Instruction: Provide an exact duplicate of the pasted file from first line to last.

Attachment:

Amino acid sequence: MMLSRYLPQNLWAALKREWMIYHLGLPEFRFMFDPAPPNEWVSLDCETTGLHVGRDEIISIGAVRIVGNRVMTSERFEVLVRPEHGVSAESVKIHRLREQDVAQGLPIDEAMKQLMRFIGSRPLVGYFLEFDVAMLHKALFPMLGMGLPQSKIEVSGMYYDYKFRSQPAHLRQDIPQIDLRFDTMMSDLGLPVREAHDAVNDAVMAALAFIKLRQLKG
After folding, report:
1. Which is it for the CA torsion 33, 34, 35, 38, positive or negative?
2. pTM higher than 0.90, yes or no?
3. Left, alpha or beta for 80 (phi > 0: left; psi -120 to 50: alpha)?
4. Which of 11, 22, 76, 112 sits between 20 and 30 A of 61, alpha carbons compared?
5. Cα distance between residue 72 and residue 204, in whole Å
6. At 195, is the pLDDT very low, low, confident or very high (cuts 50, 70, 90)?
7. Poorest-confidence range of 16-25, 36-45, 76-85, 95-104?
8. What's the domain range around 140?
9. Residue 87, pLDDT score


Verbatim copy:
Amino acid sequence: MMLSRYLPQNLWAALKREWMIYHLGLPEFRFMFDPAPPNEWVSLDCETTGLHVGRDEIISIGAVRIVGNRVMTSERFEVLVRPEHGVSAESVKIHRLREQDVAQGLPIDEAMKQLMRFIGSRPLVGYFLEFDVAMLHKALFPMLGMGLPQSKIEVSGMYYDYKFRSQPAHLRQDIPQIDLRFDTMMSDLGLPVREAHDAVNDAVMAALAFIKLRQLKG
After folding, report:
1. Which is it for the CA torsion 33, 34, 35, 38, positive or negative?
2. pTM higher than 0.90, yes or no?
3. Left, alpha or beta for 80 (phi > 0: left; psi -120 to 50: alpha)?
4. Which of 11, 22, 76, 112 sits between 20 and 30 A of 61, alpha carbons compared?
5. Cα distance between residue 72 and residue 204, in whole Å
6. At 195, is the pLDDT very low, low, confident or very high (cuts 50, 70, 90)?
7. Poorest-confidence range of 16-25, 36-45, 76-85, 95-104?
8. What's the domain range around 140?
9. Residue 87, pLDDT score